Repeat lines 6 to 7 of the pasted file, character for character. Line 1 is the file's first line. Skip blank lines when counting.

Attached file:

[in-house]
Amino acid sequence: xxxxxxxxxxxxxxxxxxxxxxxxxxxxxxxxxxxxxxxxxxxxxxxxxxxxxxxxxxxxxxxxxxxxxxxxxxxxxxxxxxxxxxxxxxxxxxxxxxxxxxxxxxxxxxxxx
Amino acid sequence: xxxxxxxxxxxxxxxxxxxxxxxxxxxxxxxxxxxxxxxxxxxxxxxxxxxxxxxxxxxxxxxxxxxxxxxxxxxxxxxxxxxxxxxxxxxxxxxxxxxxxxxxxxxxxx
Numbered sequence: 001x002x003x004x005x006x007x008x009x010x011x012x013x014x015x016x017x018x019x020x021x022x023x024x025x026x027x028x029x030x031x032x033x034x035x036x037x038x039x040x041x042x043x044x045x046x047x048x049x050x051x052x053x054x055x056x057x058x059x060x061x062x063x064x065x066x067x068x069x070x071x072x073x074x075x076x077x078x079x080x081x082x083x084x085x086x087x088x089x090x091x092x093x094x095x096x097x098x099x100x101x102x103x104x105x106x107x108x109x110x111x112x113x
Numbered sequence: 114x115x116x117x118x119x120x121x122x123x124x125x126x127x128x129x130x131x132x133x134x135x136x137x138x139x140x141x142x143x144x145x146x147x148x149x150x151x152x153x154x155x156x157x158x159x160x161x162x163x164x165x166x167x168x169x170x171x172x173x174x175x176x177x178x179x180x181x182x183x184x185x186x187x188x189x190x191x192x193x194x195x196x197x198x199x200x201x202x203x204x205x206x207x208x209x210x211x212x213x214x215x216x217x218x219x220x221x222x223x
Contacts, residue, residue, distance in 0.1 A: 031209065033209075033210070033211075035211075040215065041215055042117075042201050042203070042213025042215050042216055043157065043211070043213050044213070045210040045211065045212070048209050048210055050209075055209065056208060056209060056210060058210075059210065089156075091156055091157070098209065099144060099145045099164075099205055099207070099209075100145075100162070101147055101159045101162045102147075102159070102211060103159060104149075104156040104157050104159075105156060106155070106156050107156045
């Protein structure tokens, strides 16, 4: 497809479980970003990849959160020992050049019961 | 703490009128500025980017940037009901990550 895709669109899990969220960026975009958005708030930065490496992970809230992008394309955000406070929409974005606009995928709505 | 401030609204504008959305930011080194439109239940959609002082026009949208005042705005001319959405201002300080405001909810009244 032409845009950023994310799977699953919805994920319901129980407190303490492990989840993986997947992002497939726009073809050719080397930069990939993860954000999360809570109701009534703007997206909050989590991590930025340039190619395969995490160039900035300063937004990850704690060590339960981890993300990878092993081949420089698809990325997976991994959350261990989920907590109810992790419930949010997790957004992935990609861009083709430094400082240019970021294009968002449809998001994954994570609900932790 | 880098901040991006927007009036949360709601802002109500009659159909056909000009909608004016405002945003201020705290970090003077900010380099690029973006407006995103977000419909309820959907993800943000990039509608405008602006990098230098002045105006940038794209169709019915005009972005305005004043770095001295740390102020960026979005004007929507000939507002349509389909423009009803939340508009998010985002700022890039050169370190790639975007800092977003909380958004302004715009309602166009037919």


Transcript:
Contacts, residue, residue, distance in 0.1 A: 031209065033209075033210070033211075035211075040215065041215055042117075042201050042203070042213025042215050042216055043157065043211070043213050044213070045210040045211065045212070048209050048210055050209075055209065056208060056209060056210060058210075059210065089156075091156055091157070098209065099144060099145045099164075099205055099207070099209075100145075100162070101147055101159045101162045102147075102159070102211060103159060104149075104156040104157050104159075105156060106155070106156050107156045
């Protein structure tokens, strides 16, 4: 497809479980970003990849959160020992050049019961 | 703490009128500025980017940037009901990550 895709669109899990969220960026975009958005708030930065490496992970809230992008394309955000406070929409974005606009995928709505 | 401030609204504008959305930011080194439109239940959609002082026009949208005042705005001319959405201002300080405001909810009244 032409845009950023994310799977699953919805994920319901129980407190303490492990989840993986997947992002497939726009073809050719080397930069990939993860954000999360809570109701009534703007997206909050989590991590930025340039190619395969995490160039900035300063937004990850704690060590339960981890993300990878092993081949420089698809990325997976991994959350261990989920907590109810992790419930949010997790957004992935990609861009083709430094400082240019970021294009968002449809998001994954994570609900932790 | 880098901040991006927007009036949360709601802002109500009659159909056909000009909608004016405002945003201020705290970090003077900010380099690029973006407006995103977000419909309820959907993800943000990039509608405008602006990098230098002045105006940038794209169709019915005009972005305005004043770095001295740390102020960026979005004007929507000939507002349509389909423009009803939340508009998010985002700022890039050169370190790639975007800092977003909380958004302004715009309602166009037919």